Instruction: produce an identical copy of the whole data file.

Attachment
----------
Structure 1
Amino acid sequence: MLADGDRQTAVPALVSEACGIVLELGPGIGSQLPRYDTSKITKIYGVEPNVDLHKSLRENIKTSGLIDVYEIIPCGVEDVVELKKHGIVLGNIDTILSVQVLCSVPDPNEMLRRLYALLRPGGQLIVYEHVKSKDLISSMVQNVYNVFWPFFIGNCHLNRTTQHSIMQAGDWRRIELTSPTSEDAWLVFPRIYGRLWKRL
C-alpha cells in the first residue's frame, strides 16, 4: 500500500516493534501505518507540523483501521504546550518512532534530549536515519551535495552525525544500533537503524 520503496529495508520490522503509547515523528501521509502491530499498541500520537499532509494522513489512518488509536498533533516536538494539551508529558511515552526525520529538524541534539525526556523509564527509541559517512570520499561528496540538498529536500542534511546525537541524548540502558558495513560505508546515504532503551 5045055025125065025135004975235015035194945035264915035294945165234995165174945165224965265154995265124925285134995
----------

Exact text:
Structure 1
Amino acid sequence: MLADGDRQTAVPALVSEACGIVLELGPGIGSQLPRYDTSKITKIYGVEPNVDLHKSLRENIKTSGLIDVYEIIPCGVEDVVELKKHGIVLGNIDTILSVQVLCSVPDPNEMLRRLYALLRPGGQLIVYEHVKSKDLISSMVQNVYNVFWPFFIGNCHLNRTTQHSIMQAGDWRRIELTSPTSEDAWLVFPRIYGRLWKRL
C-alpha cells in the first residue's frame, strides 16, 4: 500500500516493534501505518507540523483501521504546550518512532534530549536515519551535495552525525544500533537503524 520503496529495508520490522503509547515523528501521509502491530499498541500520537499532509494522513489512518488509536498533533516536538494539551508529558511515552526525520529538524541534539525526556523509564527509541559517512570520499561528496540538498529536500542534511546525537541524548540502558558495513560505508546515504532503551 5045055025125065025135004975235015035194945035264915035294945165234995165174945165224965265154995265124925285134995